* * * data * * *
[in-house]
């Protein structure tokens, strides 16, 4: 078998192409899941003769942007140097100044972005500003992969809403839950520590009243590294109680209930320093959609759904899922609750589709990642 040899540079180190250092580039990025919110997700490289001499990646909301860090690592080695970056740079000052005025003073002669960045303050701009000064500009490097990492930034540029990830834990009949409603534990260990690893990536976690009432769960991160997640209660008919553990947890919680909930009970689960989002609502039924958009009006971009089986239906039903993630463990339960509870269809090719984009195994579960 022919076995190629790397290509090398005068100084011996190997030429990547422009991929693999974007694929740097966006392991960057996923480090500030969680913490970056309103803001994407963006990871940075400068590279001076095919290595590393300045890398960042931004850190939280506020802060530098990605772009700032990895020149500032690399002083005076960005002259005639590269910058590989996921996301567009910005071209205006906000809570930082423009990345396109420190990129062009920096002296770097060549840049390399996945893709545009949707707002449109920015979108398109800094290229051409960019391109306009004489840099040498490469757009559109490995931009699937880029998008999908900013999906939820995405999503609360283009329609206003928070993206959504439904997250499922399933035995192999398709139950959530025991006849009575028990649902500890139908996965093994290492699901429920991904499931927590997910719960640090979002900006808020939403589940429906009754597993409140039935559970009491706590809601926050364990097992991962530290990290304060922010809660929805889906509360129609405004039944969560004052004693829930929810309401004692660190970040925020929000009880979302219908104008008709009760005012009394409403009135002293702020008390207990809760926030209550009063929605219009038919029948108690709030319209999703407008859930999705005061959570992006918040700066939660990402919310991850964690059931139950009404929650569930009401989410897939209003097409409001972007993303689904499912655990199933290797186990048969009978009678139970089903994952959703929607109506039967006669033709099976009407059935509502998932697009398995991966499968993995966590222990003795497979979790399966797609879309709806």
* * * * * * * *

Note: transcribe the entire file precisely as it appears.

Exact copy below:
[in-house]
């Protein structure tokens, strides 16, 4: 078998192409899941003769942007140097100044972005500003992969809403839950520590009243590294109680209930320093959609759904899922609750589709990642 040899540079180190250092580039990025919110997700490289001499990646909301860090690592080695970056740079000052005025003073002669960045303050701009000064500009490097990492930034540029990830834990009949409603534990260990690893990536976690009432769960991160997640209660008919553990947890919680909930009970689960989002609502039924958009009006971009089986239906039903993630463990339960509870269809090719984009195994579960 022919076995190629790397290509090398005068100084011996190997030429990547422009991929693999974007694929740097966006392991960057996923480090500030969680913490970056309103803001994407963006990871940075400068590279001076095919290595590393300045890398960042931004850190939280506020802060530098990605772009700032990895020149500032690399002083005076960005002259005639590269910058590989996921996301567009910005071209205006906000809570930082423009990345396109420190990129062009920096002296770097060549840049390399996945893709545009949707707002449109920015979108398109800094290229051409960019391109306009004489840099040498490469757009559109490995931009699937880029998008999908900013999906939820995405999503609360283009329609206003928070993206959504439904997250499922399933035995192999398709139950959530025991006849009575028990649902500890139908996965093994290492699901429920991904499931927590997910719960640090979002900006808020939403589940429906009754597993409140039935559970009491706590809601926050364990097992991962530290990290304060922010809660929805889906509360129609405004039944969560004052004693829930929810309401004692660190970040925020929000009880979302219908104008008709009760005012009394409403009135002293702020008390207990809760926030209550009063929605219009038919029948108690709030319209999703407008859930999705005061959570992006918040700066939660990402919310991850964690059931139950009404929650569930009401989410897939209003097409409001972007993303689904499912655990199933290797186990048969009978009678139970089903994952959703929607109506039967006669033709099976009407059935509502998932697009398995991966499968993995966590222990003795497979979790399966797609879309709806």